As for the City around 33% of the City was under the red flood bubbles meaning the areas were under water disrupting services and forcing evacuation (citizens abandon the building). Simply put the inlets could not cope with the intensity of rain with 2,500 people “evacuated” out the City. Once the storm had settled back down it took another two hours for the flood waters to clear and the canals to settle (as you need the pumps to stop discharging). The evacuees came back and everything returned to normal not long after all.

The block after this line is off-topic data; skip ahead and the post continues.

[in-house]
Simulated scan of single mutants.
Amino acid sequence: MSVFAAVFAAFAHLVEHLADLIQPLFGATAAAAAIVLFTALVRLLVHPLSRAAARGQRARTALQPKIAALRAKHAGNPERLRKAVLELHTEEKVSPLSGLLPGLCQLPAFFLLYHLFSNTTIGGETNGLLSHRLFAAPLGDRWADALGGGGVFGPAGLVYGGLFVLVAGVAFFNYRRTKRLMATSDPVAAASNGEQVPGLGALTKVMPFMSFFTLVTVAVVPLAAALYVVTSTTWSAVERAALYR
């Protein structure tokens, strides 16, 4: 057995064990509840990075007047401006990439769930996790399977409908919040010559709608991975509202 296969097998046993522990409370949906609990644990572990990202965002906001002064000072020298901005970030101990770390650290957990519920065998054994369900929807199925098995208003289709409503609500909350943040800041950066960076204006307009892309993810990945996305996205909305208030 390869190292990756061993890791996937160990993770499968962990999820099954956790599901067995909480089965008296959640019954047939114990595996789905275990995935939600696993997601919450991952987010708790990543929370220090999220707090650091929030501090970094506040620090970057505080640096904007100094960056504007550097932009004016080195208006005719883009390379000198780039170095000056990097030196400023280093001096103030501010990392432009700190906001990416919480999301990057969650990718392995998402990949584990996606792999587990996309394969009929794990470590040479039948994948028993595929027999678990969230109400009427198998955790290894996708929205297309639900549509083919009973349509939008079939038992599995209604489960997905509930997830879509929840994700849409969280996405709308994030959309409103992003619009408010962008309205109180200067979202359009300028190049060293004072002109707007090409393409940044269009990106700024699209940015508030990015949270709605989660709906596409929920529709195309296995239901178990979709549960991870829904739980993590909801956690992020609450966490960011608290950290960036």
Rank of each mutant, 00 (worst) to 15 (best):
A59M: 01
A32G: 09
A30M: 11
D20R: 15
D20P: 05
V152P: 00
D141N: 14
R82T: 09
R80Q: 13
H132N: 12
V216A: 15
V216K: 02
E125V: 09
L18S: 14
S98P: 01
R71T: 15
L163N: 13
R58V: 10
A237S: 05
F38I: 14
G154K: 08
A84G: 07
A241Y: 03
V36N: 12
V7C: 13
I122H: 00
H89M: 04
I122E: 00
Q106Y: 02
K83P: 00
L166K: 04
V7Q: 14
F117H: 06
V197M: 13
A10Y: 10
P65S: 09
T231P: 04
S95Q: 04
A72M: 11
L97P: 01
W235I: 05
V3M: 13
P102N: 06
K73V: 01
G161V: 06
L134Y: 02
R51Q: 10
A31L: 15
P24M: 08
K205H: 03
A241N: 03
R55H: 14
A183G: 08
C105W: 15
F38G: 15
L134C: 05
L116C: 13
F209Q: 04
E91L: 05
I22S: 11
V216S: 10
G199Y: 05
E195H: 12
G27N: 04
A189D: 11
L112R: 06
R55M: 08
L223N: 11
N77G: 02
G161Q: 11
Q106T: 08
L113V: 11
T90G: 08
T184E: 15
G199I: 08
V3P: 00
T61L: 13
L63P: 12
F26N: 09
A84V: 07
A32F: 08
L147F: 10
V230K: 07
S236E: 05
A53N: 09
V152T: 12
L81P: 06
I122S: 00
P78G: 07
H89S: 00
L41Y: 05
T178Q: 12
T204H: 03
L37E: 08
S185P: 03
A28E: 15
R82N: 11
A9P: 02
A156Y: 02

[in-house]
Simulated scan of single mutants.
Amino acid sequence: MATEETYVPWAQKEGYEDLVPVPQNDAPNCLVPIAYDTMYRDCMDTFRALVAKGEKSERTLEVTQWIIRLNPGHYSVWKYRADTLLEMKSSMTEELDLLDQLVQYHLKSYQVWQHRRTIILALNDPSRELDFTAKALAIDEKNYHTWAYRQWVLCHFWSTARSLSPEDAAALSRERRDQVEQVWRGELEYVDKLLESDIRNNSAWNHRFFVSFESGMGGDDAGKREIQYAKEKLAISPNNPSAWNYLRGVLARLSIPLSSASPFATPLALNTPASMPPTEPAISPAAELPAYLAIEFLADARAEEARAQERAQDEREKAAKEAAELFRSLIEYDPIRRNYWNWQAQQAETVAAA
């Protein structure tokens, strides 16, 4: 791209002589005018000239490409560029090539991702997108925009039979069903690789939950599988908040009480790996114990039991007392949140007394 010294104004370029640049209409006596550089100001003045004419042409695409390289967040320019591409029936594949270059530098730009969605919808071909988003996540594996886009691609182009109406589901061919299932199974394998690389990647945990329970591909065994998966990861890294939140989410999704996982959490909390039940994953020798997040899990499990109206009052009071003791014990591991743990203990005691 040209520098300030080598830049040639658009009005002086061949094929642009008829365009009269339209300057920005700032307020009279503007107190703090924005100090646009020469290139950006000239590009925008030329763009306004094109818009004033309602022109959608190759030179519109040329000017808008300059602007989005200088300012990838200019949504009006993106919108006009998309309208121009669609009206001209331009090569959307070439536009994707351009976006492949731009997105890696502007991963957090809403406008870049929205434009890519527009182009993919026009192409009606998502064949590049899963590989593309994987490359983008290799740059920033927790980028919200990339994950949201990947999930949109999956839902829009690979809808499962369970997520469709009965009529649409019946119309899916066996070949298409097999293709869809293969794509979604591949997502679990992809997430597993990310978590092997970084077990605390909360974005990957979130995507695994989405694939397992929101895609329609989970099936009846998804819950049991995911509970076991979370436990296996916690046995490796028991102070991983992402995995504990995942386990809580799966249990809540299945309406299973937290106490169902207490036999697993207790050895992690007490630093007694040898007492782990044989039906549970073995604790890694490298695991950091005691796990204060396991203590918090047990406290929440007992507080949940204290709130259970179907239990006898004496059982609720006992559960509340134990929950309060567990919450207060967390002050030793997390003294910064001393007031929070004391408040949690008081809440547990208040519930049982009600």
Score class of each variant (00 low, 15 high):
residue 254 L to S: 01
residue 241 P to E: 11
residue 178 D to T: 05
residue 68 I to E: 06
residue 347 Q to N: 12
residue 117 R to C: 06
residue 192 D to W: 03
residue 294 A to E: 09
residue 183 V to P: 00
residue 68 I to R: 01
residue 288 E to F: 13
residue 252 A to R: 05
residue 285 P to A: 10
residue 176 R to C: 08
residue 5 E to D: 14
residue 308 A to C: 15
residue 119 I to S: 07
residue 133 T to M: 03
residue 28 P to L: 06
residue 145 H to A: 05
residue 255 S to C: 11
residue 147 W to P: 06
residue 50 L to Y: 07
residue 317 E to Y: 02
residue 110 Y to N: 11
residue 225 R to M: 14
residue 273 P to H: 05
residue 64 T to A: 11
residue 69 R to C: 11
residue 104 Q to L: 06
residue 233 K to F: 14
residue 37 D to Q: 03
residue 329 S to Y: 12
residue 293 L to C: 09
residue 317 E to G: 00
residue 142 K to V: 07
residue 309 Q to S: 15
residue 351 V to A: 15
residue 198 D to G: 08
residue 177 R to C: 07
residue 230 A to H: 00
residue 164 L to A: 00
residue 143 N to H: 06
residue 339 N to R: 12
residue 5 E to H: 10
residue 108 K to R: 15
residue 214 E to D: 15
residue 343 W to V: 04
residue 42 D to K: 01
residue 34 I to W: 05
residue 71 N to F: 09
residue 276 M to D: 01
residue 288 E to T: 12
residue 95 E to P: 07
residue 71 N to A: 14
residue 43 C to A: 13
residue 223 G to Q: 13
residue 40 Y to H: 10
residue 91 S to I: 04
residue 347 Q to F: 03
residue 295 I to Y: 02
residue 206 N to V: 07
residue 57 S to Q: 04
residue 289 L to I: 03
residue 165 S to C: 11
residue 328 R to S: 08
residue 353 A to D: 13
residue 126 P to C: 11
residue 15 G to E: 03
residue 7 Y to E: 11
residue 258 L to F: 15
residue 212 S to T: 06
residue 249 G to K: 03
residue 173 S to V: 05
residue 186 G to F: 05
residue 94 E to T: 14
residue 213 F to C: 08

In the end it was a very sobering exercise watching the City struggle with a 1 in 100 year storm event. Some more inlets will need to be built as well as a few more detention basins to help handle the flows. However, the emergency systems worked well with the canal system handling the floodwaters within expectations. Because if the canals had failed more than 33% of the City would have been a lake!